At risk of being deemed yet another person whose sanity is in question or who isn’t a “true feminist[] at all”, I thought I’d write my own response to Christian Jessen’s recent twitter comments regarding rape. This is because they made me angry, the reasons for which I will state below. Or it is because I have mental health problems, for which I take medication and for which I have on occasion been hospitalised. Or it’s because unlike Dr Jessen I’m actually shit at feminism. I guess it’s up to those reading to make their own diagnosis.

There are individual facts about rape and then there’s the broader context in which they’re publicised and discussed. There is no point in discussing the first without taking the second into account because by raising the subject you are helping to shape this broader context. To pretend that things are otherwise is at best naïve and at worst deliberately obtuse. (more…)

This morning I took down a post I’d written the night before. No one asked me to and I didn’t feel particularly bullied or intimidated into doing so. I took it down because I tried really hard to achieve a particular objective and I failed, badly. I know writing stuff isn’t magic and most of it makes no difference anyhow but sometimes, the feeling that you rarely, if ever, have genuine exchanges with people who see things differently – and that all that really happens is you gain the approval of people who would have agreed with you anyhow – is just a bit grim.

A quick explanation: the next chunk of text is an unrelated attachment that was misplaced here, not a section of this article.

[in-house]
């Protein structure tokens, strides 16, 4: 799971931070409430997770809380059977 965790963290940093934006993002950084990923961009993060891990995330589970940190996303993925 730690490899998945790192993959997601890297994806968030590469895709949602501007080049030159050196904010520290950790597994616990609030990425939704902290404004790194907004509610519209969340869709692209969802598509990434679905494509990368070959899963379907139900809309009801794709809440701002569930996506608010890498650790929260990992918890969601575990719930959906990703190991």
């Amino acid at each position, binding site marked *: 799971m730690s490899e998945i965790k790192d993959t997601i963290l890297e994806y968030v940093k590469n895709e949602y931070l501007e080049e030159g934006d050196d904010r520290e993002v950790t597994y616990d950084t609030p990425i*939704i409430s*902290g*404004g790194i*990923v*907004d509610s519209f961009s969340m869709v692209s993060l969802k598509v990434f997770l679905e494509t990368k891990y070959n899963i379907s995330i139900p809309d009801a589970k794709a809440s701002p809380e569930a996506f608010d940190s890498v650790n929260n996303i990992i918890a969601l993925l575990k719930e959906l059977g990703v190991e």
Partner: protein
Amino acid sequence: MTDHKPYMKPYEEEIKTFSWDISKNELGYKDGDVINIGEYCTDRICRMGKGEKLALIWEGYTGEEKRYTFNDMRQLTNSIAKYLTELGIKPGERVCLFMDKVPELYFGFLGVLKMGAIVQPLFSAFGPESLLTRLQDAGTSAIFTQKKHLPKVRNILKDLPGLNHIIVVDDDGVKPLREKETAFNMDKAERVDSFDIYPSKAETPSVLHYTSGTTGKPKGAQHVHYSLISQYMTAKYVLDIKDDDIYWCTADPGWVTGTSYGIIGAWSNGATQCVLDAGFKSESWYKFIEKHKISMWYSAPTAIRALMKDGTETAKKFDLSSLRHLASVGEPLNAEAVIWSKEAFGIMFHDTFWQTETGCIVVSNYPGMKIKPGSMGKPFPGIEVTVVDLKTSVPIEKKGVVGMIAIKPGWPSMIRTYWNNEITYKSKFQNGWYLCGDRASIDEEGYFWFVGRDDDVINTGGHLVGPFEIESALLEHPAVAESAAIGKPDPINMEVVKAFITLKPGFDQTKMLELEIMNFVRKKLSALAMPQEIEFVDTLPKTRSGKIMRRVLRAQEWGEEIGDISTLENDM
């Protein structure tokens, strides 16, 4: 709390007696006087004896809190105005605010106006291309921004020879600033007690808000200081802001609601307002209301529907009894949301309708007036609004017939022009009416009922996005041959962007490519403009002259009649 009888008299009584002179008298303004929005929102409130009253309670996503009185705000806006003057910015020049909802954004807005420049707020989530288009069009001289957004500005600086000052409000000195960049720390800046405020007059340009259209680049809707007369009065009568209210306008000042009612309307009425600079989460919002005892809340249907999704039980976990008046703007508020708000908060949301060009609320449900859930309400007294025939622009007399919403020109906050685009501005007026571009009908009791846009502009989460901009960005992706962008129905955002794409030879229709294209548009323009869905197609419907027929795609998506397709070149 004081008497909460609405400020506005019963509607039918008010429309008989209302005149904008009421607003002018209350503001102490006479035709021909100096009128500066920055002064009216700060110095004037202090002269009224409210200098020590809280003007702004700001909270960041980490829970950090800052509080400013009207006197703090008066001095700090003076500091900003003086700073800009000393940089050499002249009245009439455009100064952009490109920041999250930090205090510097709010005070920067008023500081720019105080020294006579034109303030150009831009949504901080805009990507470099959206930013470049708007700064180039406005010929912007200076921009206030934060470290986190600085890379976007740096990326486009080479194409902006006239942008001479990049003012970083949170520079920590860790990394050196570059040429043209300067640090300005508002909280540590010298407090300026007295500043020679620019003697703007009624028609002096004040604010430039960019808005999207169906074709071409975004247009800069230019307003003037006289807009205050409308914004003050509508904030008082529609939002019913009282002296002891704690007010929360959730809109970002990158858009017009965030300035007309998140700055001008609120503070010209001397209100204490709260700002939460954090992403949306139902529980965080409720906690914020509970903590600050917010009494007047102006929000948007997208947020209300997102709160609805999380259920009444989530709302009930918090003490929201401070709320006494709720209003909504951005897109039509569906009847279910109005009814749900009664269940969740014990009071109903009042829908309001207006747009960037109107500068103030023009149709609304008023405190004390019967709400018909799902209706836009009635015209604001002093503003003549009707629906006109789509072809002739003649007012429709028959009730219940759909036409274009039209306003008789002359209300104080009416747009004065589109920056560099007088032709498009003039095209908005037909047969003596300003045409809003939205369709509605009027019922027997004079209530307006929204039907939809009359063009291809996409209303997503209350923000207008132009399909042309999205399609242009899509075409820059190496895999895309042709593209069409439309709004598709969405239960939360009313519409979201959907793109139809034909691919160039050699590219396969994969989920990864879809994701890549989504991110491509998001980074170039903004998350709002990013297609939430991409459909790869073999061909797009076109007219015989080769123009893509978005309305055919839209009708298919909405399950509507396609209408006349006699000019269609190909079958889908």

I don’t think there is anything at all I can add to debates on feminism, twitter, intersectionality, privilege and bullying – other than that I think no one else can add much, either. It has reached a point where, in essence, in order to try and defend people I like without appearing to be “one of them” or “taking sides” I feel the only option is to defend them badly, with so many qualifications and ifs and buts that what I’m writing becomes impenetrable (or rather, it becomes terribly nuanced, so nuanced that anyone who so wishes can see a “hidden message” – and such a message can mean different things to different people). Hence there’s no point. If every single argument you make has no value because it’s just the kind of argument you would make – because your argument itself demonstrates your bias, hence invalidating itself – then there is absolutely no point in making an effort to connect. You might as well just patronize people by pretending to agree with them all the time or shut up. (more…)